By **Andrea Brady**

Seth Godin, a marketer, author and one of my favorite bloggers, recently **wrote an article about marginal cost**. In it, he asks, “How much does it cost Wikipedia to have one more person read an article? How much does it cost Chanel to produce one more bottle of perfume? How about one more digital copy of a Grateful Dead concert?”

Marginal, or incremental, cost is of great concern to school districts, too. The standard measure of “how much it takes to educate a student” is the state’s calculation of expenditure per pupil. However, this is not an accurate number for several reasons.

The way expenditure per pupil is calculated is to take total expenditures (in categories as defined by the state) and divide this by the total number of students served that past year. If you understand what is in this number, it is a good way to compare districts and get a feel for a district’s efficiency. And, I’m happy to say, Milford’s expenditure per pupil has been lower than not only other excellent districts, but also the state average, for quite a few years. In addition, when you adjust the number to account for costs that shouldn’t be included because they aren’t truly expenses (**see my article here**), we look even better.

But the purpose of this article is not to talk about Milford’s efficiency in expenditure per pupil; instead, it’s to examine how much it costs us when a new student enters our doors, say on Day 3 of the school year. Is it truly thousands of dollars (for most districts, tens of thousands) to serve that student? Why or why not?

The concept of marginal cost can be a bit elusive: when we think of producing another bottle of perfume, we think about the cost of the water; the fragrance; the bottle; the sprayer; the packaging. But there are other costs associated with that bottle of perfume as well: the plant; the manufacturing staff; the shipping; the accounting; and so on.

These fixed costs will be there whether an extra bottle of perfume is produced or not. In fact, they will also be there if one fewer bottle of perfume is made. They fall in the category of “overhead costs” that a company has to pay no matter what.

Sure, the company may not need as many manufacturing people; or as large a plant. But once you have that staff and facility, until you need an even bigger plant, and another manufacturing person, that cost is “fixed.”

The same is true for school districts. Every year, the district must pay to operate its buildings; for support services such as accounting, maintenance, etc; for management; and, of course, for teachers.

So, you have a classroom with 20 students in it. You have already paid for the teacher; the books; the desks; the building. You’re paying the utilities and the other support. To figure the expenditure per pupil, you take all those costs and divide by (for this example), 20 students. Let’s say the total cost was $200,000, which would make the expenditure per pupil $10,000.

But what if we put one more student in that classroom, bringing the total to 21? Do any of those costs change? What is added specifically for that student? There may be more copying costs, some other supplies – but this is a very little amount.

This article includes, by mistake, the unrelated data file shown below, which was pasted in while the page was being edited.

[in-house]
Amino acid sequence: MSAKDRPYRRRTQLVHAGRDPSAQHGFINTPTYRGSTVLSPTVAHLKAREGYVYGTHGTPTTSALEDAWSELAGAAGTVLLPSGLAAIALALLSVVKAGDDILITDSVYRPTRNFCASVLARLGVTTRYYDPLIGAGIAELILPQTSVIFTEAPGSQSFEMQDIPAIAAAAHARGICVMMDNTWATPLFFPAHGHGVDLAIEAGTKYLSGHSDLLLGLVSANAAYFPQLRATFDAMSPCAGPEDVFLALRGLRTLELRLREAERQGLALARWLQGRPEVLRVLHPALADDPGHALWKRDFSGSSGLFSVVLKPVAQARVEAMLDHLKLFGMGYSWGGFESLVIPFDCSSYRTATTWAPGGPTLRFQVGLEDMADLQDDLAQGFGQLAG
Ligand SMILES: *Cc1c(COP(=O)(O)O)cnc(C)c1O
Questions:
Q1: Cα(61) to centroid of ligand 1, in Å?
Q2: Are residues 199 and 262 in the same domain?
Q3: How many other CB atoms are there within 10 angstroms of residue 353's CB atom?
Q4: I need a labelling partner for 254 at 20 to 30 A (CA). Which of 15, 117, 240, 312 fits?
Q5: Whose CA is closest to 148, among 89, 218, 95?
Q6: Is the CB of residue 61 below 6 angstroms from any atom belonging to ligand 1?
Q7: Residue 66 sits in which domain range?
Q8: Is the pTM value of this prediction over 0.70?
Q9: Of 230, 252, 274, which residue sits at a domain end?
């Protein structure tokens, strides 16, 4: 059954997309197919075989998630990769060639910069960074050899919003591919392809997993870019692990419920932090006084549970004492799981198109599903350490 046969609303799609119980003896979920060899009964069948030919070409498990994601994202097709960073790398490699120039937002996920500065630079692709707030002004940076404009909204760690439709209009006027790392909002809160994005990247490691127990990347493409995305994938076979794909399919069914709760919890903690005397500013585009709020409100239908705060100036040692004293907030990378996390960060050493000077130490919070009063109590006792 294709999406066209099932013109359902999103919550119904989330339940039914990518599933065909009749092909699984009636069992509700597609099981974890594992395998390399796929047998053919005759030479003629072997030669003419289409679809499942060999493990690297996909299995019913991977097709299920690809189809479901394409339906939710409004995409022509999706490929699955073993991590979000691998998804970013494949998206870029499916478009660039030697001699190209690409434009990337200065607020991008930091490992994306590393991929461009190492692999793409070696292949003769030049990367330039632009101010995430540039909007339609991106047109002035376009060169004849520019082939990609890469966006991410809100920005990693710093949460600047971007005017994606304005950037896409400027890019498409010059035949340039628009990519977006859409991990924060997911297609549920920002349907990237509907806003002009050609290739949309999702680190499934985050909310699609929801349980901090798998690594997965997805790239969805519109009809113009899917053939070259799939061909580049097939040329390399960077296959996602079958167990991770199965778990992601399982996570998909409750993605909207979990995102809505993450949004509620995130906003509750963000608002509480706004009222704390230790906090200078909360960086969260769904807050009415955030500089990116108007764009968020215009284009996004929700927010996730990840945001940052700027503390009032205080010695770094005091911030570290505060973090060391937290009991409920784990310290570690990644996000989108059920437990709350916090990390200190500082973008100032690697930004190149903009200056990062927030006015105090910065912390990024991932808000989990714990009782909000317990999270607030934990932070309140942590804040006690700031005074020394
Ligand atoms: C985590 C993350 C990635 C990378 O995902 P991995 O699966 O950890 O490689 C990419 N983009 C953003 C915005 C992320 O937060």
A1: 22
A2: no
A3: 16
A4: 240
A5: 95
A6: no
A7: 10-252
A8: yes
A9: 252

Thus, the incremental cost for educating that 21^{st} student is a very small number: perhaps a few hundred dollars – let’s even make it as high as $1,000. Yet, the fixed costs we were paying anyway – the $200,000 – stay the same.

Our new total expenditure is now $201,000. When you divide by 21 students, our expenditure per pupil is now $9,571 – it goes down because the largest portion of the expense, which we were paying anyway, is now divided by a larger number.

This is what happens with Open Enrollment and why it is so valuable for a district like Milford. With a neighborhood school concept, we often have “open seats” in certain classrooms across our six elementaries, as well as in the junior high and high school. If we can fill those seats with students from other districts, we actually get more back from the state than we have to pay out. This allows us to use resources we are already paying for – and that we’ll have to pay for, whether we have 20 students in that class or 21 – in a more efficient manner.

This year, we will bring in around $550,000 additional by accepting a few over 100 Open Enrollment students – yet the incremental cost to serve these students will be minimal.

That $550,000 does a lot for a district like ours. For instance, it pays the salaries of more than a half-dozen teachers!

Some people would argue that class sizes are too high, and Open Enrollment students make them even higher. But is that so?

First, remember these 100 or so students are spread across all grade levels. If we look at an average over 12 grades, that’s only 9-10 per grade – for the elementaries, that’s an average of 1.5 per grade per BUILDING. We are not talking large numbers of students in a district the size of Milford.

Second, we can – and do – refuse an Open Enrollment student if the class sizes are too high. That allows us to make sure we are filling holes but not overloading our classes.

Third, does an extra student affect the quality of what a teacher provides? The research says no. Until you get to very small class sizes – like a dozen – research is inconclusive about the effect class size has on learning. So adding one or even two students in a class that did not start out at capacity will not make any difference in what the students receive.

Based on all this, Open Enrollment is a win-win for both the Milford community and the families utilizing it. We are actually able to provide more to our students because of this program, and utilize our resources more effectively.

*Andrea Brady*** is a candidate in the November 5, 2013 school board election. Visit his website at kneppbradyforschoolboard.com.**